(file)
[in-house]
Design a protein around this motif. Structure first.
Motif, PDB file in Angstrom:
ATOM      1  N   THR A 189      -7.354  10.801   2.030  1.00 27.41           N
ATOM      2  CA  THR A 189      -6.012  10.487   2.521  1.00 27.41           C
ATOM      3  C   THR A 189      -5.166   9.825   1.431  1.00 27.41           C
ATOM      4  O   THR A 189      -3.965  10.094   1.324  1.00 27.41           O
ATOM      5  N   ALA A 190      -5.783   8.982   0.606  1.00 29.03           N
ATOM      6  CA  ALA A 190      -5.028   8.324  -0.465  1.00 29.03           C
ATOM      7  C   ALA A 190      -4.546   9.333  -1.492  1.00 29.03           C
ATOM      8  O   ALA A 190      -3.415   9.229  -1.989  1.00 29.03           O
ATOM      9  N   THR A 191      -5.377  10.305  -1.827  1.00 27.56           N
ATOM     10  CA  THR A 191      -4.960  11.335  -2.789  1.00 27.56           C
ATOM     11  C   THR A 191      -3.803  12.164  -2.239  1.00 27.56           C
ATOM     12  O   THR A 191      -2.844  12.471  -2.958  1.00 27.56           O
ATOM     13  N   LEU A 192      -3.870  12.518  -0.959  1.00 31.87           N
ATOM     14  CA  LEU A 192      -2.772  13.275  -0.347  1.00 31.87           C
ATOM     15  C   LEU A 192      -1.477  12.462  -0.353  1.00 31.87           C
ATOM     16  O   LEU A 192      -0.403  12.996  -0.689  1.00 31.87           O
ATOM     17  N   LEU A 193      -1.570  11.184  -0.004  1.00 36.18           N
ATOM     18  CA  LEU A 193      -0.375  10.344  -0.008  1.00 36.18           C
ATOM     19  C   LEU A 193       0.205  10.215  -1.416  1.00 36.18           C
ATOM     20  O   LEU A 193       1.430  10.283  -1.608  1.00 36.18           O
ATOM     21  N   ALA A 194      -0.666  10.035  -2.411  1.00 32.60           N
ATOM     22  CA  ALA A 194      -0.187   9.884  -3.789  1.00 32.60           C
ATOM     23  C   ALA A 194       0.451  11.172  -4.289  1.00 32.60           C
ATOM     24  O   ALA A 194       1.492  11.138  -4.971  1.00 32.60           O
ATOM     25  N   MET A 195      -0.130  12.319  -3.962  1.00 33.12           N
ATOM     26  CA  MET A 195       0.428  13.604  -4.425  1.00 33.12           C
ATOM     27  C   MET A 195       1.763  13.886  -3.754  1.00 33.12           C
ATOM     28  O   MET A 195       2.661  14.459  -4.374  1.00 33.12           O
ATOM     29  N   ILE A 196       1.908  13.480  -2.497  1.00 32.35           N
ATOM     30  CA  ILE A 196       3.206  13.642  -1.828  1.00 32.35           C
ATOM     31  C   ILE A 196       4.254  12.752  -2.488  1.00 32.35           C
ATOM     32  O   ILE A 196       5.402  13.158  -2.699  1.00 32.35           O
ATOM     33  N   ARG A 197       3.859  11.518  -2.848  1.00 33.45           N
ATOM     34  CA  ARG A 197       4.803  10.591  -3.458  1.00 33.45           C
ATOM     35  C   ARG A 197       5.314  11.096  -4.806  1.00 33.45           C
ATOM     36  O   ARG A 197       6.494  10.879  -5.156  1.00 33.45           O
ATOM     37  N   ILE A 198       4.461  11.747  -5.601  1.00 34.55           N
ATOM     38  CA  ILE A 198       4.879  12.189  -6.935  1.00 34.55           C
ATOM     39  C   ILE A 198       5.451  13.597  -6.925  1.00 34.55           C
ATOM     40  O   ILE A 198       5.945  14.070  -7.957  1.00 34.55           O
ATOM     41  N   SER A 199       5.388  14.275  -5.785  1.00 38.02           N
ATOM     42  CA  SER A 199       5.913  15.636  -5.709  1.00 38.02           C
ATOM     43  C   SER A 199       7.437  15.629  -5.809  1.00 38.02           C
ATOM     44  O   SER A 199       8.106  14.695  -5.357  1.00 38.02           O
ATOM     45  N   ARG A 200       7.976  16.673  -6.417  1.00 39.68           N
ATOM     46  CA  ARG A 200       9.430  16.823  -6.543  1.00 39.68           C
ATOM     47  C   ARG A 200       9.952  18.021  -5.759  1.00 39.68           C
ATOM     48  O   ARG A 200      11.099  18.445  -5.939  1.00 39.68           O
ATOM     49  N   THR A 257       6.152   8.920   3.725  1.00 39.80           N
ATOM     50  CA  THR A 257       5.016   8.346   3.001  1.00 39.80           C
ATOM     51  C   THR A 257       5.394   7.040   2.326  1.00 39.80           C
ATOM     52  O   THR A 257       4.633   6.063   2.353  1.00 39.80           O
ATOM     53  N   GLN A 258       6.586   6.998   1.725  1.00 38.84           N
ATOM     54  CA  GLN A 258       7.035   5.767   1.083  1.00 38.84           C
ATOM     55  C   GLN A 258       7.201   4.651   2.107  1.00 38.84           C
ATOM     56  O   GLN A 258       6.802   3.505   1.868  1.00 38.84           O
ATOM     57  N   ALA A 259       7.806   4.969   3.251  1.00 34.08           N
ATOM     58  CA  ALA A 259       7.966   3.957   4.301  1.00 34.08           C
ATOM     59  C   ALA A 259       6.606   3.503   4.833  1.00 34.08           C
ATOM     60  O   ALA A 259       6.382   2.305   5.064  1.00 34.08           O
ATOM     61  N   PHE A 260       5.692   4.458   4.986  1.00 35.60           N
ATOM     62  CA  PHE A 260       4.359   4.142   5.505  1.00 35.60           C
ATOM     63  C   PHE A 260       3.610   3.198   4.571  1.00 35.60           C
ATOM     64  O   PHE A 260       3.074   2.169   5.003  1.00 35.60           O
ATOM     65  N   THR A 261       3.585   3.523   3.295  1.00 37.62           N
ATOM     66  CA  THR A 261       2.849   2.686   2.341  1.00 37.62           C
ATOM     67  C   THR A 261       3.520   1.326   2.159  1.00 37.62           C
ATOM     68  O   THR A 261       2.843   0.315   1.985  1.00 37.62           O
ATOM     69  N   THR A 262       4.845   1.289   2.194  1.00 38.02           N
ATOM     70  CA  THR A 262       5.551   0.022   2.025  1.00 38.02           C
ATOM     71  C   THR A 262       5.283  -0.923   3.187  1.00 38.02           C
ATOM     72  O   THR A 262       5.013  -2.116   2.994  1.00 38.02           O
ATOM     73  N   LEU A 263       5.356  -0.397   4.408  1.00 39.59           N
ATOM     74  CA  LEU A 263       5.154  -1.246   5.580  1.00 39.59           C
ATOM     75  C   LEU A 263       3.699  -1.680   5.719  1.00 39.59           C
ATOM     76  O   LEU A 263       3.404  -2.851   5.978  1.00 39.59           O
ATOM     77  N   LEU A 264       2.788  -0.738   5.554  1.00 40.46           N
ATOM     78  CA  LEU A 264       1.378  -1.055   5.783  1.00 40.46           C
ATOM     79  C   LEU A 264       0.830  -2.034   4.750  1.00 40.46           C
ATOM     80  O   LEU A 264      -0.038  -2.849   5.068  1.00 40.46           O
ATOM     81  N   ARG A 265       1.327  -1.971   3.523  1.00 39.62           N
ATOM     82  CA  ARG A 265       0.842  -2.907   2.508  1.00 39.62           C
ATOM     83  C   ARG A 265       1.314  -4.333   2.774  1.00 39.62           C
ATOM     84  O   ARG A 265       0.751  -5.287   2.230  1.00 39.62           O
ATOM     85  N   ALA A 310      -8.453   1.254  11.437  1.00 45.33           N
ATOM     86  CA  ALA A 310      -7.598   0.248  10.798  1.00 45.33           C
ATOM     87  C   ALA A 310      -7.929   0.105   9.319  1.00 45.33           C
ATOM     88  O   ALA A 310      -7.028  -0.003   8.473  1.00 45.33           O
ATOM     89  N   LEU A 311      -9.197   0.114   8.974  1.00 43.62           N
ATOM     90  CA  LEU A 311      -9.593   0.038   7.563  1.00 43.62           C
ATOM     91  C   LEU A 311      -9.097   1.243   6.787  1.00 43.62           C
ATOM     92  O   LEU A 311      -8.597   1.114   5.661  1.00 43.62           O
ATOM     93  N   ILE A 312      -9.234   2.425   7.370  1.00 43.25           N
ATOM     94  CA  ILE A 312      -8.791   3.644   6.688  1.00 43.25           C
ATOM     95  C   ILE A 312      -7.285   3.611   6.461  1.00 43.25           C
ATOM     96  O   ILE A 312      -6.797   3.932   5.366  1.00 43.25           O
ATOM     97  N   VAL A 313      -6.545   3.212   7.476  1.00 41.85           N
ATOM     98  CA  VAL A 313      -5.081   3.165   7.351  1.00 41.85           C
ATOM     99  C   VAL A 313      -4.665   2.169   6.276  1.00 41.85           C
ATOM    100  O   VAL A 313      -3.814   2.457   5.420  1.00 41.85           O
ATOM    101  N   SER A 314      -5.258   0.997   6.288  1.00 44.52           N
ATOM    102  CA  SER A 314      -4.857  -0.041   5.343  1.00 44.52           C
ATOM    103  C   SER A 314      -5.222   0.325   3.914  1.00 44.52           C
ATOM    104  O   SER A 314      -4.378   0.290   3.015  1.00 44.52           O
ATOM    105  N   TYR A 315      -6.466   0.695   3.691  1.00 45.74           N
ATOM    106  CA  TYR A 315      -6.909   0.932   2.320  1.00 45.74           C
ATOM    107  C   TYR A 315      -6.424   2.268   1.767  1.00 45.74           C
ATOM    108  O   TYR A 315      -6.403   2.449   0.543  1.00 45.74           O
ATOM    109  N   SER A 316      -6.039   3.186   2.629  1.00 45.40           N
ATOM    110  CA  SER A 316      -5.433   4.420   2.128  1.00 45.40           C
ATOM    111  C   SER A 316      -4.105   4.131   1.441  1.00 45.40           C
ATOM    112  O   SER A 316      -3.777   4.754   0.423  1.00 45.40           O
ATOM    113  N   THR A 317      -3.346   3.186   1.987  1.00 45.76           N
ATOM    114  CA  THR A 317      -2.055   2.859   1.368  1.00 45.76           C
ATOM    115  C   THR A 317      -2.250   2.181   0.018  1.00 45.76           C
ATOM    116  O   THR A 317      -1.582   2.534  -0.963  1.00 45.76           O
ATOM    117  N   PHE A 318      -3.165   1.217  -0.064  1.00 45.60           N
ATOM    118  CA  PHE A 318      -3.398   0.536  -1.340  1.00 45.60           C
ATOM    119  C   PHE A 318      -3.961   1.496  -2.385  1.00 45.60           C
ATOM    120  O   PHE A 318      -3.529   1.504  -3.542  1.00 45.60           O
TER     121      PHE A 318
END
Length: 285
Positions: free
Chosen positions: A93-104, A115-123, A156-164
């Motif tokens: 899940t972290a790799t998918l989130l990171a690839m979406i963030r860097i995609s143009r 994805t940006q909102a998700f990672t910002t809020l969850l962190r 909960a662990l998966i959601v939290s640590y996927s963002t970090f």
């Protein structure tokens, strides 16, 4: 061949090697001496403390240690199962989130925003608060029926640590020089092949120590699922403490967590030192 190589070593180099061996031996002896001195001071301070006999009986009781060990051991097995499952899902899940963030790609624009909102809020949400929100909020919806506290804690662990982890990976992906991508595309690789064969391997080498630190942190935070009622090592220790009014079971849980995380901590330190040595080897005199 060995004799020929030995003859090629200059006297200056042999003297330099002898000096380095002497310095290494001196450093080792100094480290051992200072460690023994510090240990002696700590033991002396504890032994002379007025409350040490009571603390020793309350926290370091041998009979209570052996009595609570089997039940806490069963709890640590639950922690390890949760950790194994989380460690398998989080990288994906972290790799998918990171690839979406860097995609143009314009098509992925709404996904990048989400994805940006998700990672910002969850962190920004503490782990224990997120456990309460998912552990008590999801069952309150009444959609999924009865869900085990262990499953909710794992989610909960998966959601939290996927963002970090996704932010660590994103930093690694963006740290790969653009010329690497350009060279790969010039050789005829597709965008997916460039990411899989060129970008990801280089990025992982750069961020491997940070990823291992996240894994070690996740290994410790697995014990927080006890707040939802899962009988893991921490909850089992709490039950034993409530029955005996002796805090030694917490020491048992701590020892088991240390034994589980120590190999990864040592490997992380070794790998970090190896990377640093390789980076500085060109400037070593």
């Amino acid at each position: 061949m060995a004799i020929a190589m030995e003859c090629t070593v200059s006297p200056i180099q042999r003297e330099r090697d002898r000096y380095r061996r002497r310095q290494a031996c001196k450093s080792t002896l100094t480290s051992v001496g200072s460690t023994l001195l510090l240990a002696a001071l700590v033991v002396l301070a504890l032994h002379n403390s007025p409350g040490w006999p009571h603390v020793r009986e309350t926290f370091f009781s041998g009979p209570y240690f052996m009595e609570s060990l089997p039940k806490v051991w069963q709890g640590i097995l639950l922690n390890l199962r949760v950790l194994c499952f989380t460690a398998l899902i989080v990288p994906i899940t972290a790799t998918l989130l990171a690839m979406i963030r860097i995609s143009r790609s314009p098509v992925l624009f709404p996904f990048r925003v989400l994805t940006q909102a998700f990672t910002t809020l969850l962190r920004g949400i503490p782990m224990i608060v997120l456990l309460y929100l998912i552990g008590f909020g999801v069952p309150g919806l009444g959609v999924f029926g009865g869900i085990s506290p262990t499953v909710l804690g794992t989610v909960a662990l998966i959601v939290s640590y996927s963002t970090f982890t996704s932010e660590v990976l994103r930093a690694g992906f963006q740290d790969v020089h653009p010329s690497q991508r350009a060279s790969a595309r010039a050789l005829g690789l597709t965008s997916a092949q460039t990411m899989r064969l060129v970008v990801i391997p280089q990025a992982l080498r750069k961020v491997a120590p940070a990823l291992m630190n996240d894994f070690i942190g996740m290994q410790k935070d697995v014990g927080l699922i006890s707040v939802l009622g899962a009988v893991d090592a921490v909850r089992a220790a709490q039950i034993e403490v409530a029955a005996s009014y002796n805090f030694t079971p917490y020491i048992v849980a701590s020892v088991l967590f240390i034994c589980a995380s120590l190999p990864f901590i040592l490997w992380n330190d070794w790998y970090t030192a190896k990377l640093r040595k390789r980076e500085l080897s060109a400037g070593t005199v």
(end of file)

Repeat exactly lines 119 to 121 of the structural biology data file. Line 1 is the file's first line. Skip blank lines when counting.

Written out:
ATOM    116  O   THR A 317      -1.582   2.534  -0.963  1.00 45.76           O
ATOM    117  N   PHE A 318      -3.165   1.217  -0.064  1.00 45.60           N
ATOM    118  CA  PHE A 318      -3.398   0.536  -1.340  1.00 45.60           C